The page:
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  • Neyir Urminsky

Are Kitchen Islands Still in Style?

Our family of 7, with 4 boys ages 7-15, is a prime candidate for kitchen islands, but as we were planning we kept wondering, are kitchen islands even still in style? Not only that but is a traditional kitchen island even what we want?


I am loving participating yet again in the One Room Challenge, the ORC is a wonderful event in which anyone can participate! The challenge of the ORC lies in completing a space within 8 weeks and we are halfway through! Be sure to click on the link and learn about all the wonderful projects and participants!! If you want to catch up on this year's project my first post is all about the overall plan and mood board, they second about Freestanding Kitchens, and third about getting started planning an IKEA Kitchen. In previous years I have completed A DIY Limestone Patio, A Colour Saturated Vestibule, and a Bedroom for Busy Boys.



Ah the kitchen island, should you, shouldn’t you, how do you even know what to do? Well the first question is really, as always, why? Why do you even want one? Is it because everyone says that you have to have one? Is it because you have saved sooo many inspo shots of kitchens with islands? Is it because you legitimately need or even want the storage space and vast countertops islands provide??? While I love the flow and additional work space presented by a kitchen island they actually make me kind of nervous. It's a big commitment really, once you add one you are sort of married to them, particularly if plumbing or electrical is involved. No matter what material you choose for the top it is going to be expensive, most prefabricated countertop material is made in 24/25” depths. While in a different house with a different kitchen configuration and with a different budget I might embrace a kitchen island, I didn’t want one in this house. This is, afterall, a refresh and not a full renovation and an island would have used the entire budget for the kitchen between the cabinets and countertop. Not to mention we don’t really have enough space for a large island and I didn’t love the idea of the look of something solid in the middle of the kitchen no matter the size.



Instead, let me introduce the original kitchen island, the GOAT as it were, the Kitchen Table. Before the 1920’s, when kitchens were composed of individual pieces of furniture, what was generally found in the midst of it all was a work table. In many families this would have been the only table and therefore multifunctional. Looking at what our family needed we knew any central surface would have to serve many uses; it needed to be a prep/work space but also somewhere that family members could grab a quick breakfast on weekday mornings. With 4 boys it would likely be sat on (already happened), leaned on (heavily) and frankly I wouldn’t be surprised to find boys standing on it. It didn’t have to be huge because we have happily stopped eating our family meals in the kitchen and for breakfast we rarely have more than 2 or 3 people eating at a time in the mornings. Furthermore a table would allow us to use lockable castors so that when needed the table could be shifted - the ideal solution!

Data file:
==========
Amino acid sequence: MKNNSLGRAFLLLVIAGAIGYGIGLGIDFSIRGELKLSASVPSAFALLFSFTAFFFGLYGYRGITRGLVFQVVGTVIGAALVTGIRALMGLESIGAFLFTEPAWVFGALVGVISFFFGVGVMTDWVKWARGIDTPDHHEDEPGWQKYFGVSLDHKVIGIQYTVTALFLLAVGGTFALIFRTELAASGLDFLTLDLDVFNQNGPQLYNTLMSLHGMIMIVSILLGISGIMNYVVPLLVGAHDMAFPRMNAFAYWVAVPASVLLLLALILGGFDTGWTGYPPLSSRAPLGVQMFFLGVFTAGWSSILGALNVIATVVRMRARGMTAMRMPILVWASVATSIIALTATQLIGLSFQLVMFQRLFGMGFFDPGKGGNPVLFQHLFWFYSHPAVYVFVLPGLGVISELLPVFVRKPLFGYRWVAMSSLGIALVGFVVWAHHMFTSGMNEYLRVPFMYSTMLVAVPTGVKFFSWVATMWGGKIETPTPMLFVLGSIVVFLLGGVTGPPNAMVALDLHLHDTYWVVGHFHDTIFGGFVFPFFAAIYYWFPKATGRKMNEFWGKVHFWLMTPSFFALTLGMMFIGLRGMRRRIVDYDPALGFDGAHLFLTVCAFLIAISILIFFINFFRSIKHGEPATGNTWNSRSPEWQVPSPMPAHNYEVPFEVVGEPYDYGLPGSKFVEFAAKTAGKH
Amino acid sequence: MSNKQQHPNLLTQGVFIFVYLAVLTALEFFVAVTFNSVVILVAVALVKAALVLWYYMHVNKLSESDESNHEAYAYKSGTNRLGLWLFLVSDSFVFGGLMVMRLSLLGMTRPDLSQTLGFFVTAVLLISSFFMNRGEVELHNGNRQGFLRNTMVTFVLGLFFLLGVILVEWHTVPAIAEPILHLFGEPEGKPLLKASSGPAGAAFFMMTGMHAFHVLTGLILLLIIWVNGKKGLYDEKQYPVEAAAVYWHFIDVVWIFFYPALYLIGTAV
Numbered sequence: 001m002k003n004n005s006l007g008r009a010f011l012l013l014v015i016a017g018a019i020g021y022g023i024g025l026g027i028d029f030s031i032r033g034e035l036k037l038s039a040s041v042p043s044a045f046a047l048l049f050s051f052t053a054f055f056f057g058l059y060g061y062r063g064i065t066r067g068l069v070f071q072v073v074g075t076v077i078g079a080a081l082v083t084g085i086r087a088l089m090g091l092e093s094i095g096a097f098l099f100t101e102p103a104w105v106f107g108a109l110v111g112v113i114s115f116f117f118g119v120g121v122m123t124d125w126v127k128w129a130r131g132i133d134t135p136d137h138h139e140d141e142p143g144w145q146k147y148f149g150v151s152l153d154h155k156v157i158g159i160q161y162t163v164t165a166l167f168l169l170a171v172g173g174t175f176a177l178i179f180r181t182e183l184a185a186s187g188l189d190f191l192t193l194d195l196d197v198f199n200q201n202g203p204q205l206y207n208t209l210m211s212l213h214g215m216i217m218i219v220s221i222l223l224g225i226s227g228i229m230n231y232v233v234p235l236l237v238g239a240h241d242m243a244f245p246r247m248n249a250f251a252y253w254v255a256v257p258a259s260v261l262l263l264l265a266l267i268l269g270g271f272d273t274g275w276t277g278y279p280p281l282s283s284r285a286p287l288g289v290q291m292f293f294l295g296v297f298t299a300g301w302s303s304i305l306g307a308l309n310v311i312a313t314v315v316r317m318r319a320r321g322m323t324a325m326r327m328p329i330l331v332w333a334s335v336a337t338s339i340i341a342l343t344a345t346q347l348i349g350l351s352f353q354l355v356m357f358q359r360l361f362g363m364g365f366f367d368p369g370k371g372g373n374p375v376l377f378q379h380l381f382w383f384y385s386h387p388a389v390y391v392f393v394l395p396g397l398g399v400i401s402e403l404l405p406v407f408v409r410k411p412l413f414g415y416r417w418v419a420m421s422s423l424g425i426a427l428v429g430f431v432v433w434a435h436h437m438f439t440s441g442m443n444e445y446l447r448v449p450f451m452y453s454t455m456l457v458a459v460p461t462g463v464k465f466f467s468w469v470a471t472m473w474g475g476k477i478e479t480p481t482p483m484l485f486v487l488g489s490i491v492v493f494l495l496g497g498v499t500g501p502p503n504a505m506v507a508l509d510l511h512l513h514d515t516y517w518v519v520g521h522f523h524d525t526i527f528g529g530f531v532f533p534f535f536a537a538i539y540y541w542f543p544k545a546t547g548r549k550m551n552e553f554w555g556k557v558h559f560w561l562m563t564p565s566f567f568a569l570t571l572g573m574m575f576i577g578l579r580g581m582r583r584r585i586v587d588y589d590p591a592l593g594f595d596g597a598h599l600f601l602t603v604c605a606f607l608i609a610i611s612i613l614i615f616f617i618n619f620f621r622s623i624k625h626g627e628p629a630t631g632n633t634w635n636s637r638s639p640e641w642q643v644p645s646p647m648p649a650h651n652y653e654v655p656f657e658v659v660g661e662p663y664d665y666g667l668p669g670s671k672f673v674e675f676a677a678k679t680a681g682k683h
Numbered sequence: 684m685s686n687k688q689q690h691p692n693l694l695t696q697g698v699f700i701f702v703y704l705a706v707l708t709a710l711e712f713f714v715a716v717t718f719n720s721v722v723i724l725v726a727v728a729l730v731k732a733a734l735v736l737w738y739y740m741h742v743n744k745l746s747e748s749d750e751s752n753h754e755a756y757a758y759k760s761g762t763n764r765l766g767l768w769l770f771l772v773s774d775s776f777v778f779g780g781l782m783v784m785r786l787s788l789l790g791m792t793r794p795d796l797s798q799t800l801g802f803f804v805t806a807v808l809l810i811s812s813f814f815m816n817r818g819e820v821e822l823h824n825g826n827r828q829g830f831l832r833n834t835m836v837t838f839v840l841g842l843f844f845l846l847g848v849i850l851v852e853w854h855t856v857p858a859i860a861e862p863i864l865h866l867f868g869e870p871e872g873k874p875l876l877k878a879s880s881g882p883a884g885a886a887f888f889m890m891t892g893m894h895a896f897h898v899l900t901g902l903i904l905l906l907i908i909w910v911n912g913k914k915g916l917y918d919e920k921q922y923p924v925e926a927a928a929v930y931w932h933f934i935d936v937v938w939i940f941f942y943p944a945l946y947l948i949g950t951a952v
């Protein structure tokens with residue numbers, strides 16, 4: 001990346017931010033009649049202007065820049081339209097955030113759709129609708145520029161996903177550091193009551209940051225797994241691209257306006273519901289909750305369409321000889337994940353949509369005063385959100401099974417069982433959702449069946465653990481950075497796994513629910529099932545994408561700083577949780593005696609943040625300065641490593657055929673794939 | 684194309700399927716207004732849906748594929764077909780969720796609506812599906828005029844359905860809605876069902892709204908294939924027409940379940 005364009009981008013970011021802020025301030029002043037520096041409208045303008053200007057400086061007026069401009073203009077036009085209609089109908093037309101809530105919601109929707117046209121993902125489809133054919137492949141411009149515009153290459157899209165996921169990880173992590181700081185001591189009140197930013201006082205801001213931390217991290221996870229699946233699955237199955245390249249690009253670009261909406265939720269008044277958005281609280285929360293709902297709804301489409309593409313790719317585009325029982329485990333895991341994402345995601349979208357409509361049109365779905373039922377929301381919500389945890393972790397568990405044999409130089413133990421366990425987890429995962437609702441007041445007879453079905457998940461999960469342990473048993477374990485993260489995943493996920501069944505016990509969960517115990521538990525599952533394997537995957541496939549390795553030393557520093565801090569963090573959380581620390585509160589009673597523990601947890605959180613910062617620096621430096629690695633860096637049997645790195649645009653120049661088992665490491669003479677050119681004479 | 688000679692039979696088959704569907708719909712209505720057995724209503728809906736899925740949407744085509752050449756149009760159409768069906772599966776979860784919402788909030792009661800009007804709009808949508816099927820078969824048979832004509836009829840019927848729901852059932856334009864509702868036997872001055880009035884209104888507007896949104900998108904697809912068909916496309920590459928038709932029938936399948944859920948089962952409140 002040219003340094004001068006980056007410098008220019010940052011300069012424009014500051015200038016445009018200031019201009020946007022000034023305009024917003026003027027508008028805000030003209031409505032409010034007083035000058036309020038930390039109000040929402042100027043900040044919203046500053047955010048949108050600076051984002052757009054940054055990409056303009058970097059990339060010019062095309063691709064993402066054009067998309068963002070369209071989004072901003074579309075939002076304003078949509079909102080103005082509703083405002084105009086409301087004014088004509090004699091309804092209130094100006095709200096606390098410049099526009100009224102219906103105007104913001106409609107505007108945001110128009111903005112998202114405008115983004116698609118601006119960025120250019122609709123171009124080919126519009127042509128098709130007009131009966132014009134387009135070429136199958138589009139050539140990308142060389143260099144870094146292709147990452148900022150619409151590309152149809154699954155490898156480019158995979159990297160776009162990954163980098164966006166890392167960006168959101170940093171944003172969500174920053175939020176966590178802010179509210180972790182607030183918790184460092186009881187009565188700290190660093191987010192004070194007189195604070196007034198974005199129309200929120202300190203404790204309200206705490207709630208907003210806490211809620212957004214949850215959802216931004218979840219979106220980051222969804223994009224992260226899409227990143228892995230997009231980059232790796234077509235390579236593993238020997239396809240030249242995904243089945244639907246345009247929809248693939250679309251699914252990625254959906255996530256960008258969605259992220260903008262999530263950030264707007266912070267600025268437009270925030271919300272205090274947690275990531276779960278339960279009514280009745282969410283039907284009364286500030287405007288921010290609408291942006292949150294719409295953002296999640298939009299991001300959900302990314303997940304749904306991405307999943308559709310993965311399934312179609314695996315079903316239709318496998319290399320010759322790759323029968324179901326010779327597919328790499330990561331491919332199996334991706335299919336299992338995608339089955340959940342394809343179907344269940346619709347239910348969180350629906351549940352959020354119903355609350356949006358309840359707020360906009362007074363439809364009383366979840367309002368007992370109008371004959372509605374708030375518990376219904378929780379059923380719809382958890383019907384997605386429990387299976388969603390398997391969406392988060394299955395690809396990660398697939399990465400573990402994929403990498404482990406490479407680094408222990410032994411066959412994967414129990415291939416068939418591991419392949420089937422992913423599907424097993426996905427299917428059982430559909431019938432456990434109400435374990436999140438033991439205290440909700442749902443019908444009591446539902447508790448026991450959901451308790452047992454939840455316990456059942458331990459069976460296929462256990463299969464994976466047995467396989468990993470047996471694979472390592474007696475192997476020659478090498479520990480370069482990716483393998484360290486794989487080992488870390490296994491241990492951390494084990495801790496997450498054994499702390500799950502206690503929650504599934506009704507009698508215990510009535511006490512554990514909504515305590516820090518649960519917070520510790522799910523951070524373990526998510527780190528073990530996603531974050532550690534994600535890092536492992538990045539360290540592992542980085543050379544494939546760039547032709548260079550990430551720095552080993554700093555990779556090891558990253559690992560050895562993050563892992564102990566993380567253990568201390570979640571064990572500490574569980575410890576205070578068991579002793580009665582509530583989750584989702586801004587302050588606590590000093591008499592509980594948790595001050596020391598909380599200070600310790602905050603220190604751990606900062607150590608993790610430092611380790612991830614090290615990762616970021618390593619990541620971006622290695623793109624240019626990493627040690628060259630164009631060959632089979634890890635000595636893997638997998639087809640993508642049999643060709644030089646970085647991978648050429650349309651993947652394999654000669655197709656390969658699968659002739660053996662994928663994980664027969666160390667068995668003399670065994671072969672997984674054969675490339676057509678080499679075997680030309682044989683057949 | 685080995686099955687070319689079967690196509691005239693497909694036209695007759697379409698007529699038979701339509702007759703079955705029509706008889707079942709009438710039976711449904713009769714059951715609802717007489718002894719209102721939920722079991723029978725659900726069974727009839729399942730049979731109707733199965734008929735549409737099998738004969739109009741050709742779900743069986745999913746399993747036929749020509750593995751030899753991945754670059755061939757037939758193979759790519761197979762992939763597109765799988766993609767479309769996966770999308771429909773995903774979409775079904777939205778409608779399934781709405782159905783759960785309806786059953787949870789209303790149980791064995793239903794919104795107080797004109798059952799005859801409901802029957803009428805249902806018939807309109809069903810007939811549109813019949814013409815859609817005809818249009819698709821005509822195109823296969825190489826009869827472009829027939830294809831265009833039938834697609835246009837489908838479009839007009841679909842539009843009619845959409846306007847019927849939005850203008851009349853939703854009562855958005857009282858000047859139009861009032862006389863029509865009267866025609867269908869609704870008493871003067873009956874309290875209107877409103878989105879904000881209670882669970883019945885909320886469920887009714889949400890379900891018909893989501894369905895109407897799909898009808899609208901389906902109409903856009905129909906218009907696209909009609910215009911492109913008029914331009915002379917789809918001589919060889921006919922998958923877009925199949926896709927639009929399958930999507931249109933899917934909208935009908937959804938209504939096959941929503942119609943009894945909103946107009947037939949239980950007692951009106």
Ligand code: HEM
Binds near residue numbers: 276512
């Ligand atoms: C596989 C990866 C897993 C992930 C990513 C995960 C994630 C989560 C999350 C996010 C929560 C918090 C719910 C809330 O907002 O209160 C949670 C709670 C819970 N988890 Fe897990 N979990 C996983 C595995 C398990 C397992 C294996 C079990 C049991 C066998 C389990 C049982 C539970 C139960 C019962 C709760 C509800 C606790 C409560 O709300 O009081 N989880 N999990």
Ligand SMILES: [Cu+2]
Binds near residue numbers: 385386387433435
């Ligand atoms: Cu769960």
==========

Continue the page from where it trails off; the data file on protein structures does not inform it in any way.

Periwinkle blue office, antique brown ornate table, computer, large plant
The solution, my desk, a table likely made from an antique square grande piano.

Once I realized that a table was the way to go I started thinking about what type of table would work and realized fairly quickly that the table I was using as a desk was actually the perfect size and style!

I had been watching FBMP for a marble top for my desk for a few years with no luck. I began to think that I’d either need to use 2 pieces of marble, joined in the middle or simply buy a piece of glass. I was thinking that I could paint the back of the glass, maybe back it with patterned fabric…. Well, fast forward to my 2023 constant and earnest search on FBMP for marble to use in the kitchen, and was amazed one day when this popped up for $220 Canadian! Looking at it I was fairly certain it was quartz and not marble, it had been designed as a garden table, but quartz was even better. I offered $200 and off we went to pick it up. I was elated, but once we arrived I realised my horrible mistake. I had assumed that the top was not attached to the base. I knew the top would be very, very heavy and assumed that it was simply resting on the wrought island base. It. Was. Not! The 3 of us (15 year old athletes are strong!) along with the seller got it into the van and then the 3 of us wrestled it onto the end of the driveway where it lived for about a week.


I was sure that there must be some way to separate the top from the base, I did some research and discovered that there was next to no info on how to remove backings from marble but that acetone would remove glue from marble without damage. Armed with a bottle of nail polish removed and my trusty drywall taping knife I managed to safely remove the quartz from the base and nearly skipped bringing it inside. Ok not really, it is still super heavy even without the base!



The ‘island’ is working exactly as we had hoped and has already served as an ideal surface for weekly homemade pizza making. Our smallest bench slides right underneath and the table is used for breakfast in onesies and twosies. It is an absolute dream for meal prep even with multiple people! The misty carrera caesar stone is an amazing surface and ideal for our busy family. While it isn’t a naturally occurring material, like the marble counters beside the stove, it will last for a long, long time which is so much more eco-friendly than laminate. I don’t know how long the table was outside before we bought it but the caesar stone looks virtually brand new!


I can’t wait until next Christmas when we do our annual cookie decorating!


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